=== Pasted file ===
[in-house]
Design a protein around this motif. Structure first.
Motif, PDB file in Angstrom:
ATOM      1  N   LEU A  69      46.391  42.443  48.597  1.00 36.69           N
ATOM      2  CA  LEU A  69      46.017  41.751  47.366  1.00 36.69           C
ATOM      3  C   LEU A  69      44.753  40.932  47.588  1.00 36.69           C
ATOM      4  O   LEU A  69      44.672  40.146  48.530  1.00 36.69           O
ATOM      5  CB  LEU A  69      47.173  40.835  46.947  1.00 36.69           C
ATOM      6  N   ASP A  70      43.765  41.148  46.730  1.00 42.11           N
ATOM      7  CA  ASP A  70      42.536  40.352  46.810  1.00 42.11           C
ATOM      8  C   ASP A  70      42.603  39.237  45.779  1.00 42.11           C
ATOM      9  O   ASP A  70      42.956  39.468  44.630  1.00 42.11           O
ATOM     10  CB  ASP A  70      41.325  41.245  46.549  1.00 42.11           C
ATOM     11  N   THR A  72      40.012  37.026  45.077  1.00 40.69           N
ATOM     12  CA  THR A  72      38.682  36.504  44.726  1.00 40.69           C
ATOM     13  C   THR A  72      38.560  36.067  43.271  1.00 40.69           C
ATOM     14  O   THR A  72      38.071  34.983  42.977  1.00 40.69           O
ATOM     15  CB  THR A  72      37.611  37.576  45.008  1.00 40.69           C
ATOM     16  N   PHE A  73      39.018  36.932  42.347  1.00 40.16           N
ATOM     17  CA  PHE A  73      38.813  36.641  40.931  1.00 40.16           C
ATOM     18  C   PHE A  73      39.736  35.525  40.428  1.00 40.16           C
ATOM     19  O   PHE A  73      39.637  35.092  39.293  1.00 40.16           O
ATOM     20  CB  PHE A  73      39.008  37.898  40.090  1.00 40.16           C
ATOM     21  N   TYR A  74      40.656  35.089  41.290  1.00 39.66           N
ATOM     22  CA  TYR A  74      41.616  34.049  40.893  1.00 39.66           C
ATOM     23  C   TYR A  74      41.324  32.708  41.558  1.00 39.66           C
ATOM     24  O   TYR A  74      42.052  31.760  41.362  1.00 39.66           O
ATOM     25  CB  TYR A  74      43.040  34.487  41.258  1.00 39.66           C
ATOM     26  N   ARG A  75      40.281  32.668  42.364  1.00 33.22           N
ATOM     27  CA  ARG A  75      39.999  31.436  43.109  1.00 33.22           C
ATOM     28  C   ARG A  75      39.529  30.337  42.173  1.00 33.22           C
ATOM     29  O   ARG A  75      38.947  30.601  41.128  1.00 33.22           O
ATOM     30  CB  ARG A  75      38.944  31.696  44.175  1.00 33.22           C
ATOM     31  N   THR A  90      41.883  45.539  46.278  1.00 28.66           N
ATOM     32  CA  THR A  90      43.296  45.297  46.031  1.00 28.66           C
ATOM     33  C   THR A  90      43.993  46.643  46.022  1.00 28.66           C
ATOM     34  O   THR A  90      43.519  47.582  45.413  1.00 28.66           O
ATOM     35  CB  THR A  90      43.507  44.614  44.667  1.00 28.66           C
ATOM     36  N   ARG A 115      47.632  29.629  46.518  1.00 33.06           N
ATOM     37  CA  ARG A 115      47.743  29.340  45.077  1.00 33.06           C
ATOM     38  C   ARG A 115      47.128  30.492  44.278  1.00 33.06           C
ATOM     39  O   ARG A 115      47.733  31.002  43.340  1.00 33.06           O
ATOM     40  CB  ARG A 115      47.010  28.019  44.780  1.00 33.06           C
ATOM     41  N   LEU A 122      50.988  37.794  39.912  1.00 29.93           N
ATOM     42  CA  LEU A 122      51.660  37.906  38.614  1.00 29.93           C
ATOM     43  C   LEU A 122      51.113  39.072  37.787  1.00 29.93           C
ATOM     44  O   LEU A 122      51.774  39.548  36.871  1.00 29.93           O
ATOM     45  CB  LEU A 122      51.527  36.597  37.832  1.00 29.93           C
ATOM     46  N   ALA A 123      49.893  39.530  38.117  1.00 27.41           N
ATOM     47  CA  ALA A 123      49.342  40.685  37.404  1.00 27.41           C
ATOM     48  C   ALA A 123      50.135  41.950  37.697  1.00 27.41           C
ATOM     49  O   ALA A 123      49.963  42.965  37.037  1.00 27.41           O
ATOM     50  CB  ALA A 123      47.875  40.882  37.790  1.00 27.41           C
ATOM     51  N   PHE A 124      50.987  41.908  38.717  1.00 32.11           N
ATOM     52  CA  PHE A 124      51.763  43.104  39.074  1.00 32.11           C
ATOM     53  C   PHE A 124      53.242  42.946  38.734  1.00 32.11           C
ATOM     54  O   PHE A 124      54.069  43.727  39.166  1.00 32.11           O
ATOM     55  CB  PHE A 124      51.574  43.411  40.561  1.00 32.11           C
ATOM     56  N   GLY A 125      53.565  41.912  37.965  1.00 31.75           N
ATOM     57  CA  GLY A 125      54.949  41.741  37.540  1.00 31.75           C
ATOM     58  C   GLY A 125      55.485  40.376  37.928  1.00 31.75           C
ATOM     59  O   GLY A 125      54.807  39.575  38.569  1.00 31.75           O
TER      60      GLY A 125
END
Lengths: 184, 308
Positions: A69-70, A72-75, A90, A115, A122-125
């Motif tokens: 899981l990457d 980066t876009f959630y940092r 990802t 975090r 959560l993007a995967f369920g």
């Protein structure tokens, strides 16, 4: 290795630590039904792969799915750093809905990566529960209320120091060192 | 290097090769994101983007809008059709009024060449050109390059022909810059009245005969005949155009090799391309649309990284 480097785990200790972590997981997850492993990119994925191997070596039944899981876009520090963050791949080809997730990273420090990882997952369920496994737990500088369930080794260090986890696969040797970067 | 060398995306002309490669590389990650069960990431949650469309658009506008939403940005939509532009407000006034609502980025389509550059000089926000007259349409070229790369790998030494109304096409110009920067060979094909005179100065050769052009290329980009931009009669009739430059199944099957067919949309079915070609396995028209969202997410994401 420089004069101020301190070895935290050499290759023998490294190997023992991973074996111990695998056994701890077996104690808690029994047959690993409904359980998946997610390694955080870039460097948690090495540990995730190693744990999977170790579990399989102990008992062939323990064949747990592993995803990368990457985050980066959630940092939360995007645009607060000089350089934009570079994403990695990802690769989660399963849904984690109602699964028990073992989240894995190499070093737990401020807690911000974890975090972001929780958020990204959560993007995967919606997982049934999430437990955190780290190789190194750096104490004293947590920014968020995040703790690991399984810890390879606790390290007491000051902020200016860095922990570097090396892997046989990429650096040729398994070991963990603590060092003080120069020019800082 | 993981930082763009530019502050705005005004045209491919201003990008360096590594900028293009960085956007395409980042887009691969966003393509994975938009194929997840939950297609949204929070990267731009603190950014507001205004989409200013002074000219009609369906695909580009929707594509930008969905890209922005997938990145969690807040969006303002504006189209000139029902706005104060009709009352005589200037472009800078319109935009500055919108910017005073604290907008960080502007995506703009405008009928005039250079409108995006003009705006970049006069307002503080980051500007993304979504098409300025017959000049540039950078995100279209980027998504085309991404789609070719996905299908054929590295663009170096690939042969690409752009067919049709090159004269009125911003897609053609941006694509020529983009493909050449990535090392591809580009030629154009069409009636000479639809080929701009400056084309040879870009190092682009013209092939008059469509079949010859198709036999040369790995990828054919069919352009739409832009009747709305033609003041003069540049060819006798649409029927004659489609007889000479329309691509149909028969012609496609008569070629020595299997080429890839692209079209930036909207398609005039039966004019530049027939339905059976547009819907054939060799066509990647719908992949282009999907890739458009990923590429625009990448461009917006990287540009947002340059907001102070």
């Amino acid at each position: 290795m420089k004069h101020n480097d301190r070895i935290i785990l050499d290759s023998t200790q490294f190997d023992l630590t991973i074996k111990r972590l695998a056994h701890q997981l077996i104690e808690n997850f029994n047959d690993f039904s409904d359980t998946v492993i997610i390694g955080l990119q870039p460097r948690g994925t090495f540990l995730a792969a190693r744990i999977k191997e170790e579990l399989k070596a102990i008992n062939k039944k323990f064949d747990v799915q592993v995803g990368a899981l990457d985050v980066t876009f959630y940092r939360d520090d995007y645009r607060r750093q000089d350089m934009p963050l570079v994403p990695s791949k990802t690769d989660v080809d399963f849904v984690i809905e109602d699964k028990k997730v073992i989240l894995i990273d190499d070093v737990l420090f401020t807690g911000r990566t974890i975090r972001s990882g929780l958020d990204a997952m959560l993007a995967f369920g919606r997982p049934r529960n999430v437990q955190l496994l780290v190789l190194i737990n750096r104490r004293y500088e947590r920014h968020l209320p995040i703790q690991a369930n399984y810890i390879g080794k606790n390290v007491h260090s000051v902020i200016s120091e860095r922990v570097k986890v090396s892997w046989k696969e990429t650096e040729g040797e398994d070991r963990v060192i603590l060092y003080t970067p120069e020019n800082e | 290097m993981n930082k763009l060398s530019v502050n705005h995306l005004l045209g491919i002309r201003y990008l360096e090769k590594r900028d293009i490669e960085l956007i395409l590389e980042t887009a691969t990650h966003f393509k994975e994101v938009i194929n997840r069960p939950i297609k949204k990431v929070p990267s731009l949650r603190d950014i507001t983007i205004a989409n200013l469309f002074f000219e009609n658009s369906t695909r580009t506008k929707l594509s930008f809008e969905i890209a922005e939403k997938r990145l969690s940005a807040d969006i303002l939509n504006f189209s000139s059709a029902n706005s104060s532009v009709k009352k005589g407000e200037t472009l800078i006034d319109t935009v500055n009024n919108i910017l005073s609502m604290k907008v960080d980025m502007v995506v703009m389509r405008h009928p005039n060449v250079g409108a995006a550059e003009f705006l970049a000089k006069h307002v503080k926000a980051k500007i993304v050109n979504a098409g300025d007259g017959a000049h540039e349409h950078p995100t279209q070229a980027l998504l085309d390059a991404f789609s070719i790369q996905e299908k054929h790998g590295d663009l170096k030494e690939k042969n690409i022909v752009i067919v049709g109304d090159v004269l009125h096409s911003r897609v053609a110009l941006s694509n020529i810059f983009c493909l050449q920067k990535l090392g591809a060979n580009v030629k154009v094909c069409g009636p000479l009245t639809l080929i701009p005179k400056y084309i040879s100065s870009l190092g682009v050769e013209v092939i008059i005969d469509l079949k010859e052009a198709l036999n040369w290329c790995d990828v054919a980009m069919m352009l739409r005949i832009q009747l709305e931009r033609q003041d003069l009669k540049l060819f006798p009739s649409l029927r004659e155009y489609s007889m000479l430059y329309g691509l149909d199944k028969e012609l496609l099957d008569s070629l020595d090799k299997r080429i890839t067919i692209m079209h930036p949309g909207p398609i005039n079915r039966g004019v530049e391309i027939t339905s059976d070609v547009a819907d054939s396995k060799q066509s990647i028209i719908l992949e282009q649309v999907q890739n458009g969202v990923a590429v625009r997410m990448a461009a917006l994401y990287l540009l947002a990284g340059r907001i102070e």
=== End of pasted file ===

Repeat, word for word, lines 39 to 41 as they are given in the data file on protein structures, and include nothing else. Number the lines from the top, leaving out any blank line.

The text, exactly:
ATOM     36  N   ARG A 115      47.632  29.629  46.518  1.00 33.06           N
ATOM     37  CA  ARG A 115      47.743  29.340  45.077  1.00 33.06           C
ATOM     38  C   ARG A 115      47.128  30.492  44.278  1.00 33.06           C